Most people who do quantitative work, especially involving computers, mutter “What the fuck?” or something similar pretty often. Lately I’ve been thinking about WTF in more detail. WTF is good because it stems from dawning recognition of one’s own ignorance, and without recognizing ignorance we cannot eliminate it. Here I am only discussing serious WTF, not the kind of casual WTF that occurs when the mouse pointer gets lost on another screen or the elevator fails to arrive rapidly. WTF comes is several flavors.
This is by far the most common and it’s best described by example. A few years ago I wanted to compute confidence intervals for low-probability events. For example, if I sample a bag of marbles 10,000 times and get 9,999 red marbles and one blue marble, then what is the 95% confidence interval for the proportion of blue marbles in the bag? After a bit of background reading I settled on the Wilson interval as meeting my needs and wrote a bit of Perl code implementing it. Since I’m professionally paranoid I also wrote a simple Monte Carlo simulation to check my confidence interval code: it simply repeated the marble sampling experiment many times and computed the number of times that actual probability was contained in the confidence interval. Obviously, by definition, this should happen 95% of the time — but it didn’t. The actual probability was contained in the confidence interval about 92% of the time. The most obvious possibility was a bug in my code but double and triple checking failed to turn up any problems, leading to a nice solid WTF. More exotic possibilities like a systematic flaw in Perl’s random number generator or FP-related numerical issues seemed remote. Eventually I did some more reading and found out that the phenomenon I was observing is well-known; I won’t attempt to explain it but Interval Estimation for a Binomial Proportion contains an excellent analysis.
Neutral WTF comes from the routine kind of ignorance that plagues all of us, because there is so much to know. We’d rather it didn’t happen, but it’s unavoidable when doing any remotely interesting work.
No need to say much about this one. There are many sub-species of negative WTF but for me it generally happens when some research idea is generating really nice-looking results. Eventually something stops making sense and we get WTF that is quickly followed by gnashing of teeth because there’s a major flaw somewhere. Worse, this sometimes happens after I’ve started telling people how great the idea is.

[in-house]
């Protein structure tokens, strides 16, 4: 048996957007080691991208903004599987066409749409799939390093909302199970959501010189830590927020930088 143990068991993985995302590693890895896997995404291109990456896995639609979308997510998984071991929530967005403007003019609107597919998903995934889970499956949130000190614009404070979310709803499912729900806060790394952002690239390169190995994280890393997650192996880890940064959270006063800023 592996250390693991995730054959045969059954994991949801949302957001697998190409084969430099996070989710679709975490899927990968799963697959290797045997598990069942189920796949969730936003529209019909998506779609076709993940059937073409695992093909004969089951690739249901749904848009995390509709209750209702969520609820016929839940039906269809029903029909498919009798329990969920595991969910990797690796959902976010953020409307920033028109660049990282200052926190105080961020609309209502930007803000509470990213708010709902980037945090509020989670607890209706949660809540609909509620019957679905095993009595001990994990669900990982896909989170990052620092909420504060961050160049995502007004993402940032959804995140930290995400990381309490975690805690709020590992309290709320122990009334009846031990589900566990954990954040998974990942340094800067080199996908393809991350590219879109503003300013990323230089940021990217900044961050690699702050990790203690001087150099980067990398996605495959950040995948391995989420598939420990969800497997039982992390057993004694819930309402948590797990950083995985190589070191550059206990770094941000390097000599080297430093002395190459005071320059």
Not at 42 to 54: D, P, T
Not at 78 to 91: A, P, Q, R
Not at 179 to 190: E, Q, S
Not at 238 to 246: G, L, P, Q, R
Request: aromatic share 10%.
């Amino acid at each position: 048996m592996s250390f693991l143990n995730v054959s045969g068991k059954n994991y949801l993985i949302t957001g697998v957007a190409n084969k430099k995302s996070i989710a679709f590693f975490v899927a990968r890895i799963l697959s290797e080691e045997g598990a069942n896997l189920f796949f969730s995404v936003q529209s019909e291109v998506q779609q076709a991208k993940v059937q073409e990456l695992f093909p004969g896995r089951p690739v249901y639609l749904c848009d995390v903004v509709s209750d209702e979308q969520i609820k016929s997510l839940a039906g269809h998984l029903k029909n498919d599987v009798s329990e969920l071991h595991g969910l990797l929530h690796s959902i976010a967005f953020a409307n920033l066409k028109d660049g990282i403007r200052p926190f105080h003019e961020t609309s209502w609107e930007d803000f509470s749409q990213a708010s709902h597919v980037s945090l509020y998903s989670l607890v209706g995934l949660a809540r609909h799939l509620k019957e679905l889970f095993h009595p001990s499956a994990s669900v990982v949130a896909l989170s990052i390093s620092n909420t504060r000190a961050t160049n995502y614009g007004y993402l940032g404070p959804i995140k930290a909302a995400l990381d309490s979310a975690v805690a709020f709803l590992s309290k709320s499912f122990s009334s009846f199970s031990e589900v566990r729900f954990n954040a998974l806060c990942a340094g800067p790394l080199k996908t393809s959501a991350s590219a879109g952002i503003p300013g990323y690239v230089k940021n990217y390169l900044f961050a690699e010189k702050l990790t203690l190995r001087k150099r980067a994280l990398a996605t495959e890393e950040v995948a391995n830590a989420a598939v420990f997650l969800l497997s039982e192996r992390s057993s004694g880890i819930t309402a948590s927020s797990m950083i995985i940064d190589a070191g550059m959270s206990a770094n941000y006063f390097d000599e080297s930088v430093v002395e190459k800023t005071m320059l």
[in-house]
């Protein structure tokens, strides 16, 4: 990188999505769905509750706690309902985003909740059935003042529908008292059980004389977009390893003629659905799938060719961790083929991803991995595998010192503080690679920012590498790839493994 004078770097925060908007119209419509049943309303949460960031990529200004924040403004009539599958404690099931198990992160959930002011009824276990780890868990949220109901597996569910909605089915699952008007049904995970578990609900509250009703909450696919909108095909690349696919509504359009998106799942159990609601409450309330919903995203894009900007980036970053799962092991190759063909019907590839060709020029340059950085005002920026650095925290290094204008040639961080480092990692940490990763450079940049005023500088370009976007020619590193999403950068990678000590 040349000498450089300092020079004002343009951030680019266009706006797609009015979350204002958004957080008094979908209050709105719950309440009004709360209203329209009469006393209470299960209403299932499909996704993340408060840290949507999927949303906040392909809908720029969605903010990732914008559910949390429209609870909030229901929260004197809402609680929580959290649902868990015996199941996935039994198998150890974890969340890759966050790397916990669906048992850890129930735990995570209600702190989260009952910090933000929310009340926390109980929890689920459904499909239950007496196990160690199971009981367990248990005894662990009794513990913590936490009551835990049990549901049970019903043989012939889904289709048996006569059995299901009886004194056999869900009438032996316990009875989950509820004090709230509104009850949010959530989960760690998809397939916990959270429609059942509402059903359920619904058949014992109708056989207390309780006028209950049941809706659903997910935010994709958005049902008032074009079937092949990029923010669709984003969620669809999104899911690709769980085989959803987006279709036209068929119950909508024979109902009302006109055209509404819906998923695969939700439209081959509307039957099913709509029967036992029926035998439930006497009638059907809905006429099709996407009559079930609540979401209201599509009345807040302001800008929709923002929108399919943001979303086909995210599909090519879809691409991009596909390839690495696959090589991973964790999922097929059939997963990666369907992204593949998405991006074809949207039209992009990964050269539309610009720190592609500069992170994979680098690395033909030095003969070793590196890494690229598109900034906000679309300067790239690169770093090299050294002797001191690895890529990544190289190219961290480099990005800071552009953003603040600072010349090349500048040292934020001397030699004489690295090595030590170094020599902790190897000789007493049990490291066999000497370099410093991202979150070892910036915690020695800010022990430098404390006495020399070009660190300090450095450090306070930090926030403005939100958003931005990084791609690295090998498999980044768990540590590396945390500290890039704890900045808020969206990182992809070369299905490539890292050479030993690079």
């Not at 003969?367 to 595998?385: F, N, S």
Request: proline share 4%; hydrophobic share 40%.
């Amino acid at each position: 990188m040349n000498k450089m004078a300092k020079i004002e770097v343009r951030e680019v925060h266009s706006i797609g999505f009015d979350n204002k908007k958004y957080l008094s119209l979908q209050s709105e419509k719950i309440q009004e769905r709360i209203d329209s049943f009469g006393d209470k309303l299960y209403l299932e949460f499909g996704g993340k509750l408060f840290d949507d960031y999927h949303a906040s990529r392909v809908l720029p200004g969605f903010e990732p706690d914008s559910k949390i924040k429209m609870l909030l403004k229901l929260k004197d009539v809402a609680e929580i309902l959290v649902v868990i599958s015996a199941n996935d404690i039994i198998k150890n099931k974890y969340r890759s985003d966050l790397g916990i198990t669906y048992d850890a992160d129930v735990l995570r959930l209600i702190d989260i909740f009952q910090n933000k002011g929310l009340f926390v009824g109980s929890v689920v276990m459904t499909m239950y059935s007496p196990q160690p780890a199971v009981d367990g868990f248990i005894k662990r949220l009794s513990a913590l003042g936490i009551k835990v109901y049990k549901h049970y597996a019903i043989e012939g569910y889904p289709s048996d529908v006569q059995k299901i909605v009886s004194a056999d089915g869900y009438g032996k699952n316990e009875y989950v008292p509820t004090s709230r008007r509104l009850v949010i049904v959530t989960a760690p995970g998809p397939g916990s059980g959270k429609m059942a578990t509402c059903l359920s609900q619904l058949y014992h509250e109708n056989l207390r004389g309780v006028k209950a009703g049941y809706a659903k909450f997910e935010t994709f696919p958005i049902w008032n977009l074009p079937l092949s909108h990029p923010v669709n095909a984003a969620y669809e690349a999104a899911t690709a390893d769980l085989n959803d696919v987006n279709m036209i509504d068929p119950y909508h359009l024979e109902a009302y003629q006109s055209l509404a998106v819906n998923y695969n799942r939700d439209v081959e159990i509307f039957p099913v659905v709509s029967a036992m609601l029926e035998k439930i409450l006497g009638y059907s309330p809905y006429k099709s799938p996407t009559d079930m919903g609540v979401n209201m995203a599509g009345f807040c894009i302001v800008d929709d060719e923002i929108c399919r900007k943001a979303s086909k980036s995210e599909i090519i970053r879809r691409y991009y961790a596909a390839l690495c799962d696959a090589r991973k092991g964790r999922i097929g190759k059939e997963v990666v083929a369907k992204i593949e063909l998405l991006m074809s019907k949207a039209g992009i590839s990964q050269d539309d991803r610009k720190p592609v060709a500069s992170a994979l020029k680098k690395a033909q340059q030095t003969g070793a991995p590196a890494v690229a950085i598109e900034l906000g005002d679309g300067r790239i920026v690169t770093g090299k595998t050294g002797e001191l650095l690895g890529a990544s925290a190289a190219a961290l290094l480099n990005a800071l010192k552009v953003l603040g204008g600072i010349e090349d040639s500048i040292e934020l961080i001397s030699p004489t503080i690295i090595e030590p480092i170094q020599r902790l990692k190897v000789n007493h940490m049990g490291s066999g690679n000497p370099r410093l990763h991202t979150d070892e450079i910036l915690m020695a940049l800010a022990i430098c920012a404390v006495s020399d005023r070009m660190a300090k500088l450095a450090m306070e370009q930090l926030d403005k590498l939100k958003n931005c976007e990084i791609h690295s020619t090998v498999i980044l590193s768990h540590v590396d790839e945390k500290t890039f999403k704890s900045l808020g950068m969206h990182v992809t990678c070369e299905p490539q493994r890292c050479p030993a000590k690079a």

Negative WTF comes from a harmful kind of ignorance — the ignorance that we were doing something important wrong.
Positive WTF is elusive and excellent; it occurs when we begin to recognize that we don’t understand something, and finally discover that nobody else understands it either.
My personal favorite example of positive WTF happened four or so years ago after an undergrad pointed out that some assembly code in a lecture for my advanced embedded systems course was wrong. I tracked the error down to a compiler mis-translating a piece of C code containing the volatile qualifier. A while later I became curious about this and wrote a collection of test cases for accesses to volatile-qualified objects and ran it through a number of compilers. When none of the tools translated all of the examples correctly I experienced WTF. Could there really be systematic errors in translating a construct that essentially all operating systems and embedded systems rely on? I talked to people and investigated more and this turned out to be the case. The result was a paper that is still heavily downloaded from companies who make and use compilers for embedded systems.
My guess is that a lot of great scientific discoveries were preceded by profound WTF. For example, it sounds like that is what happened to Penzias and Wilson.
The broad power of positive WTF crystallized for me recently when I read The Big Short, a pretty awesome book about some people who not only foresaw the self-destruction of the sub-prime home loan market, but also placed big bets against the junk bonds created from these loans. Lewis makes a big deal about the fact that the people placing these bets were in a constant state of WTF: Why is nobody seeing what we’re seeing? Why is nobody doing what we’re doing? Before reading this book I’d have characterized WTF as mainly occurring in math, science, and engineering; it was great to get an extended anecdote from the financial world.
Positive WTF comes from the best possible kind of ignorance: ignorance that, once its shape is known, motivates new discoveries. Disciplined thinking is required to avoid succumbing to the natural temptation to sweep the WTF-inducing issues under the rug. We must embrace WTF because it is a leading indicator that we don’t understand something crucial.